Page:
If Iran gets nuclear bomb, Saudi Arabia will follow suit, warns crown prince
Author: Reuters, AFPThu, 2018-03-15 15:02
RIYADH: Saudi Arabia will develop nuclear weapons if Iran does so, Crown Prince Mohammed bin Salman told CBS in an interview that will air in full on “60 Minutes” on Sunday.
“Saudi Arabia does not want to acquire any nuclear bomb, but without a doubt, if Iran developed a nuclear bomb, we will follow suit as soon as possible,” the crown prince said in remarks released on Thursday.
Crown Prince Mohammed said he has referred to Iran’s supreme leader Ayatollah Ali Khamenei as “the new Hitler” because “he wants to expand.”
“He wants to create his own project in the Middle East, very much like Hitler who wanted to expand at the time,” the crown prince said.
“Many countries around the world and in Europe did not realize how dangerous Hitler was until what happened, happened. I don’t want to see the same events happening in the Middle East.”
Crown Prince Mohammed, who also serves as Saudi defense minister, said last year that the Kingdom would make sure any future struggle between the two countries “is waged in Iran.”
Riyadh has criticized the 2015 deal between world powers and Tehran under which economic sanctions on Iran were lifted in return for the Islamic Republic curbing its nuclear energy program. US sanctions will resume unless President Donald Trump issues fresh “waivers” to suspend them on May 12.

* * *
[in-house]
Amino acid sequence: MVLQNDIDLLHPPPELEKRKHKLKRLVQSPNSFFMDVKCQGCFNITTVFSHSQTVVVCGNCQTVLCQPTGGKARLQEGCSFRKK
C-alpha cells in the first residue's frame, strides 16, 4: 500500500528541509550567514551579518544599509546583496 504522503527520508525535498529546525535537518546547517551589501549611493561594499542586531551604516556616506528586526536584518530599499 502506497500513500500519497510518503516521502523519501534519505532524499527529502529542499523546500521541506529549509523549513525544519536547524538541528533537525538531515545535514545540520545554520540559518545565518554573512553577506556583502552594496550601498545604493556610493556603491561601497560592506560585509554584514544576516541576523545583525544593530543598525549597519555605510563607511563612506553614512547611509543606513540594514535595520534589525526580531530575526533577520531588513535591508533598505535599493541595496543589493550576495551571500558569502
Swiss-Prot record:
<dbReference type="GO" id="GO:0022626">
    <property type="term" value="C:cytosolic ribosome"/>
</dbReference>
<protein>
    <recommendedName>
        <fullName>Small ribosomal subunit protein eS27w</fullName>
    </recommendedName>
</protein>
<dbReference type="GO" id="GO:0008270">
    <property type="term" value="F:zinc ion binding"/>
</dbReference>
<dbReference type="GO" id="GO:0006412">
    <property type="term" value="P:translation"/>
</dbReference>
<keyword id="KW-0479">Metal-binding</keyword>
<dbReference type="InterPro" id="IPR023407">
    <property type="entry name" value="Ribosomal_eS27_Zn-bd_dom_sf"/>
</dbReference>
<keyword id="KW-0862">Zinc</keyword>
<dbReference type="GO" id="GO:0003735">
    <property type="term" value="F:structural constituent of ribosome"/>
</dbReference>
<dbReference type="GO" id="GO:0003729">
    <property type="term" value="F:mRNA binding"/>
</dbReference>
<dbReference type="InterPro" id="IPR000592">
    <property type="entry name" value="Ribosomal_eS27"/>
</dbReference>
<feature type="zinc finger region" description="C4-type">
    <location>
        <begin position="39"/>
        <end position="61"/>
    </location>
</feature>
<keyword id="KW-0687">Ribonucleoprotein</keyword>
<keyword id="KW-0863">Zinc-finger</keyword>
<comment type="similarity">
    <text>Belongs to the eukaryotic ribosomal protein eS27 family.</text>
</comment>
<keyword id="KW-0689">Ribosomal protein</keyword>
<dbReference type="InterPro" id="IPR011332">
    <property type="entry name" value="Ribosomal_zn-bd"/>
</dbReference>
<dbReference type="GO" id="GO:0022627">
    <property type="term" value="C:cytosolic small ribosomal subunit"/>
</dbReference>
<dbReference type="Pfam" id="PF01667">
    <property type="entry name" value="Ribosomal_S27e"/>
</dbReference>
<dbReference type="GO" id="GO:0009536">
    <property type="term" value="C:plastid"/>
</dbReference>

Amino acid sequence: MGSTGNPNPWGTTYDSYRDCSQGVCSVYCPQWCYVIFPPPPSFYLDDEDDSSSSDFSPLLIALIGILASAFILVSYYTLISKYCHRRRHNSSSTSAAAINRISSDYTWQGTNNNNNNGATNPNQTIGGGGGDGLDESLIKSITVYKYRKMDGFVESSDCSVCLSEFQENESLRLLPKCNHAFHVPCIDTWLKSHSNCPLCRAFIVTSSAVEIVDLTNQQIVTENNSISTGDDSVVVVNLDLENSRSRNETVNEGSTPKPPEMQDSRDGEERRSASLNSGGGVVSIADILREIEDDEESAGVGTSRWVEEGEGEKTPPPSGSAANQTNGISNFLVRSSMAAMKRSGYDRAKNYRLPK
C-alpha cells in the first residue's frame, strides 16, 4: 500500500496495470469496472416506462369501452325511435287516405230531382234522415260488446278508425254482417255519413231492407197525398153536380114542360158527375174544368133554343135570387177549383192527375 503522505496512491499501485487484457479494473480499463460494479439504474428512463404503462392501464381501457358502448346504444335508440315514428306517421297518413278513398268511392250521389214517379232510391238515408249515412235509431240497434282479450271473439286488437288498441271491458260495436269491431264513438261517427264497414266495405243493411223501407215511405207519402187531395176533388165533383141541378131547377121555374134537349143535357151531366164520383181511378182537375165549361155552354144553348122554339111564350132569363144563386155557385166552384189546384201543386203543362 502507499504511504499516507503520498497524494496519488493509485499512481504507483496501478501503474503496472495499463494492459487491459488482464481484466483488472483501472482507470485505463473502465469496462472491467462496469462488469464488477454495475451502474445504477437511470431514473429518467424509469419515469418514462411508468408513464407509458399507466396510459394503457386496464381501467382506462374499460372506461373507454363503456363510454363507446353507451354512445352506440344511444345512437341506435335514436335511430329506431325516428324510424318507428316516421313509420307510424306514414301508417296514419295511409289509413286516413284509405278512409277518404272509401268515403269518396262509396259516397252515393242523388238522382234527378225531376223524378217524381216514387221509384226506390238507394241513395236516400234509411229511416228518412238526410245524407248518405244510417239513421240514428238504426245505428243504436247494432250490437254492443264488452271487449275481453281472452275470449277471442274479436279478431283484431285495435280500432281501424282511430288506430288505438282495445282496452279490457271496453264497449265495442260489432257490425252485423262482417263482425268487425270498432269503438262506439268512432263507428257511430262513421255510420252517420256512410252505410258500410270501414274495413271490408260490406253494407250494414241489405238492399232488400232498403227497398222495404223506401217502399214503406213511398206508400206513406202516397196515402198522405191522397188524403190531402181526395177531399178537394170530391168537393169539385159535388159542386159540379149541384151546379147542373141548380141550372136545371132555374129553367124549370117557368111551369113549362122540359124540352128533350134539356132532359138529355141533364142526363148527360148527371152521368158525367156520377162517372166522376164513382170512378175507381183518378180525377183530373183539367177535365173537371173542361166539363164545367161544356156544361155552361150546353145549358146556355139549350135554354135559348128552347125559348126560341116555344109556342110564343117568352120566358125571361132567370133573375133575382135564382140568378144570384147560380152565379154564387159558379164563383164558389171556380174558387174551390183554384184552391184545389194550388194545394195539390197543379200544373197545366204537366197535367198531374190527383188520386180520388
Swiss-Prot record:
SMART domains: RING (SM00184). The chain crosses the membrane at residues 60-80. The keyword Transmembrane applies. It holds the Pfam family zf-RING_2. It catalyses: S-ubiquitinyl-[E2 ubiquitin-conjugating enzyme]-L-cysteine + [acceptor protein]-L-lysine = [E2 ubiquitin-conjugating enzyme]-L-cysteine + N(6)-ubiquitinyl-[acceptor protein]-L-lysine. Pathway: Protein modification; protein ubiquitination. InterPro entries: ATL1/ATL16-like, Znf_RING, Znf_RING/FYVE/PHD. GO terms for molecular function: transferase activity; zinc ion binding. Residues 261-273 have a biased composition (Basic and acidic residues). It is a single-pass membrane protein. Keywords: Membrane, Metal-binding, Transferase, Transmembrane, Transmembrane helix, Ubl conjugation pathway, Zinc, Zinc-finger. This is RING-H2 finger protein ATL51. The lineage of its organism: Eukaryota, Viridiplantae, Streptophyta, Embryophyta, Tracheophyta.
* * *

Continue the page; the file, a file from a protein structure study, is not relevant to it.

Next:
Saudi Arabia is stepping up plans to develop a civilian nuclear energy capability as part of a reform plan led by the crown prince to reduce the economy’s dependence on oil.
Saudi Energy Minister Khalid Al-Falih said in October that the nuclear program would start by building two reactors, each producing between 1.2 and 1.6 gigawatts of electricity.
The world’s top oil exporter has repeatedly said it wants nuclear technology only for peaceful uses. The US, South Korea, Russia, France and China are bidding on a multibillion-dollar tender to build the country’s first two nuclear reactors.
Riyadh also approved a national policy for its atomic energy program on Tuesday, including restricting all nuclear activities to peaceful purposes, within the limits defined by international treaties.